Home » Emerging technologies » News digest #256 – The Internet of synthetic biology things + measuring what matters + GreenLight Biosciences announces $50M

News digest #256 – The Internet of synthetic biology things + measuring what matters + GreenLight Biosciences announces $50M

SynBioBeta Digest

News, trends, and stories from the synthetic biology industry

Hi %%first_name%%,

In our quest to make biology easier to engineer, one thing that continues to be of utmost importance is our ability to measure biology accurately. Recently we spoke with Darlene Solomon, CTO of Agilent, about how hardware platforms, IoT, and government initiatives are enabling accurate and sensitive biological measurements — and where we have room to grow. 

Darlene Solomon, CTO of Agilent.

Measuring what matters counts, but how we share what we measure counts, too. In a feature guest blog, Marc Salit, who leads the Genome-Scale Measurements Group at the US National Institute of Standards and Technology, discusses how we can rethink how we share data to turn synthetic biology projects from terrariums into thriving ecosystems that have broken beyond glass walls. 

As synthetic biology evolves into a fully-fledged engineering discipline, it must tackle current inconsistencies in measurements and enhance the reproducibility of experiments. Fortunately, companies are devising and implementing new tools to make biology simpler to understand. Learn how the Internet of Things could help synthetic biology in its quest towards standardization. 

Before synthetic biology can retool the economy, save the planet, or help put people on Mars, it’s going to have to become significantly easier to use. Arbor Biosciences is working to change that by making many of the traditional methods obsolete. “With rapid cell-free expression, more proteins can be designed, produced, and investigated for diverse applications,” says Matthew Hymes, marketing director at Arbor Biosciences. Arbor has just been acquired by Chiral Technologies. 

“There is a great synergy between these two revolutionary technologies in synthetic biology,” says Evelyn Eggenstein, product development scientist at Arbor Biosciences, speaking of Arbor’s collaboration with Labctye.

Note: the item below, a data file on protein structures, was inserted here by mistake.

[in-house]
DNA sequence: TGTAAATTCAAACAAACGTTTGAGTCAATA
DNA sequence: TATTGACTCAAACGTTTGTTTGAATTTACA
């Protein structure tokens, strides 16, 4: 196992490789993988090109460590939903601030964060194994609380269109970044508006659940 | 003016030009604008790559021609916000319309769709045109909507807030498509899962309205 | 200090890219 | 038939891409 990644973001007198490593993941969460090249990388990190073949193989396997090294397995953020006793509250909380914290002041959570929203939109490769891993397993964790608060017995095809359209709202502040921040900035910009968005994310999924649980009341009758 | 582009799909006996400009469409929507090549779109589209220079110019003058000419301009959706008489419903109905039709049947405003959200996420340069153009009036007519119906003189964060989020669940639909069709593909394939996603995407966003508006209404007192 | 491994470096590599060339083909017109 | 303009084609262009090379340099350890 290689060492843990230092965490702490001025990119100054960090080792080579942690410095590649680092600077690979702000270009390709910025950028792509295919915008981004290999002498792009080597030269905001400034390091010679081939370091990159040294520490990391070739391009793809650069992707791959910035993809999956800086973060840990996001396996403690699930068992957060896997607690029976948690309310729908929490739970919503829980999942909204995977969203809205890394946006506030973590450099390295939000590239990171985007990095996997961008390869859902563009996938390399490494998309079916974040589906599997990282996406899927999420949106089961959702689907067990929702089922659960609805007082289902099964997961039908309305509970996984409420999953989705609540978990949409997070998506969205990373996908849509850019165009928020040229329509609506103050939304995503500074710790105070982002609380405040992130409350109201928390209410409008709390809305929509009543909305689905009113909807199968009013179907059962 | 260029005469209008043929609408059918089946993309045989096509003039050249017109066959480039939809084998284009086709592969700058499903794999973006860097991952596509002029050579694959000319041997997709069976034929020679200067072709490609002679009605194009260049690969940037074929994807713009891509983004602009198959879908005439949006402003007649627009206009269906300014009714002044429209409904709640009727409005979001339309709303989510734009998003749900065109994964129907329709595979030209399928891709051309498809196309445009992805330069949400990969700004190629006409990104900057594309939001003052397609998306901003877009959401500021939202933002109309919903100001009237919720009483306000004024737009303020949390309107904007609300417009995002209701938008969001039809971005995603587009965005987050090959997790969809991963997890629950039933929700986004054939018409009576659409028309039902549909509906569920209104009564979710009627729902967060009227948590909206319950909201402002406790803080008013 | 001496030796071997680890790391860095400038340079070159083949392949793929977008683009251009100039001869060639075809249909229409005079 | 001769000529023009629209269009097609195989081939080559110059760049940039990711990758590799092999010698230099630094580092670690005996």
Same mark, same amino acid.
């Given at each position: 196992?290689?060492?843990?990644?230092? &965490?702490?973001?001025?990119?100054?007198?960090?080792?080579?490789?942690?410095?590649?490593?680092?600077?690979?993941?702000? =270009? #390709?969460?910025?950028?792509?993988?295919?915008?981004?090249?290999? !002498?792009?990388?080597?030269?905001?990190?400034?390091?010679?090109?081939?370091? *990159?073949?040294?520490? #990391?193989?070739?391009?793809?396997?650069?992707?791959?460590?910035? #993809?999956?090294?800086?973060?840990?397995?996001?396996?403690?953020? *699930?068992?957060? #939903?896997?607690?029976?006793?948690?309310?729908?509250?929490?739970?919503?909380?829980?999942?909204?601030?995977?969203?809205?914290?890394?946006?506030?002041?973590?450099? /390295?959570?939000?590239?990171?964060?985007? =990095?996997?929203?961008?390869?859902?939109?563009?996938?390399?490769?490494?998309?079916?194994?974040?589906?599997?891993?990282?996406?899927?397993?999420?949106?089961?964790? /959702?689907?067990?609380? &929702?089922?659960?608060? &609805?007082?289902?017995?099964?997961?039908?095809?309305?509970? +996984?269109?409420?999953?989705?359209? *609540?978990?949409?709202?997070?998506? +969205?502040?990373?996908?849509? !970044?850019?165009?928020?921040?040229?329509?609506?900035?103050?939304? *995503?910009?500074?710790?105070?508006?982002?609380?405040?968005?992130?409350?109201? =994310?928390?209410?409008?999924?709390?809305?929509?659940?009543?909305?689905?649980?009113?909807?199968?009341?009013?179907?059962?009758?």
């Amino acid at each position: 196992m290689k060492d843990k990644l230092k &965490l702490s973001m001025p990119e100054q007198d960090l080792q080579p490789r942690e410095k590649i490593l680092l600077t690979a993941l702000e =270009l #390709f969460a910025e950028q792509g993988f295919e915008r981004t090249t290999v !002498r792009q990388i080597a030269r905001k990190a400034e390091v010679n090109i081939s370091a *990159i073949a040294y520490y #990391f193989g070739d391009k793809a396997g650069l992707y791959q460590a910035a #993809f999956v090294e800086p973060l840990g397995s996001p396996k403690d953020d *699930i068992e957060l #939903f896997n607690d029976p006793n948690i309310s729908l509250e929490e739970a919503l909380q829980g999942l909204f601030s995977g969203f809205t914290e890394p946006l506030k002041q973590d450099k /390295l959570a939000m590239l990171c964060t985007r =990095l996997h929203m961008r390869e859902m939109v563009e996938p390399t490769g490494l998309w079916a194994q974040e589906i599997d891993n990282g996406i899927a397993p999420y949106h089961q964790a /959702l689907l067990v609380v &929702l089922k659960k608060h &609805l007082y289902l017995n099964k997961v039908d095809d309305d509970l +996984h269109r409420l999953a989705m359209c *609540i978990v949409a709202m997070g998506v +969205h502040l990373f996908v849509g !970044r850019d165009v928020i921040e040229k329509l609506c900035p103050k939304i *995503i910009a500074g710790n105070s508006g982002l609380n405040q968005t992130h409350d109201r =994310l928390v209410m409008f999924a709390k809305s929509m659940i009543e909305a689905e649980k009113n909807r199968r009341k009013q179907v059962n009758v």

If you missed the launch of our new 2019 venue, then check out the website here and use code “welcomehome” for a discount. I’ll be speaking at the Impact.tech Seminar: “Introduction to Synthetic Biology” on Jan 24th, 2019 in San Francisco, click here to apply to attend.

Have a great week!
John

Latest news

GreenLight Biosciences announces $50 million funding round

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Sigilon Therapeutics and MIT to advance programmable living therapeutics

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Vertex and Arbor Biotechnologies to discover proteins to advance gene-editing therapies 

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AmpliPhi Biosciences and C3J Therapeutics agree to merge

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Sana Biotechnology launches focusing on engineering cells to create medicines

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Locus Biosciences and J&J Innovation to develop CRISPR-Cas3 Therapeutics

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More reads

More reads

Poseida Therapeutics Prepares for IPO to Advance CAR-T Treatments (Xconomy)

US requires labeling of GMO foods as “bioengineered” (C&EN)

Syntheseas to apply precision breeding and new gene editing technologies to improve aquaculture (Los Angeles Business Journal)

As market shifts, Atlas Venture closes a $250 million fund to support its breakaway biotech bets (Tech Crunch)

Beyond Translation: the Venture-focused research institute (Deep Science Ventures) 

Berkeley Lights announces collaboration with University of Pennsylvania to advance CAR-T therapeutics (Press release)

CRISPR might soon create spicy tomatoes by switching on their chili genes (MIT Tech Review)

A collaborative effort to boost EU synthetic biology competitiveness (Press release)

Stamp of approval for algae-based synthetic biology (Manufacturing Chemist)

Finding the right balance: digital biology versus smart, transformative automation (Solentim)

Synlogic progresses clinical and preclinical pipeline and outlines 2019 catalysts (Press release)

Twist Bioscience enhances genes product offering with longer genes and offers access to its application programming interface (Press release)

Who's hiring?

Who’s hiring?

Software Engineer – Back-end: Serotiny

Synthetic Biology Research Associate: LanzaTech

Scientist, Strain Engineering at 64-x

Scientist I, Molecular Diagnostics Platform Innovation: CRISPR diagnostics startup

Careers in Protein Engineering at Codexis

Senior Software Engineer: CATALOG

Head of Bioprocess: C16 Biosciences

Engineering Lead: Ansa Biotechnologies

Scientist, Microorganism Engineering at 64-x

Scientist: CATALOG

Mammalian Synthetic Biology – Protein Engineer: Serotiny

Mechanical Engineer: CATALOG

Synthetic and Microbial Biologist: C16 Biosciences

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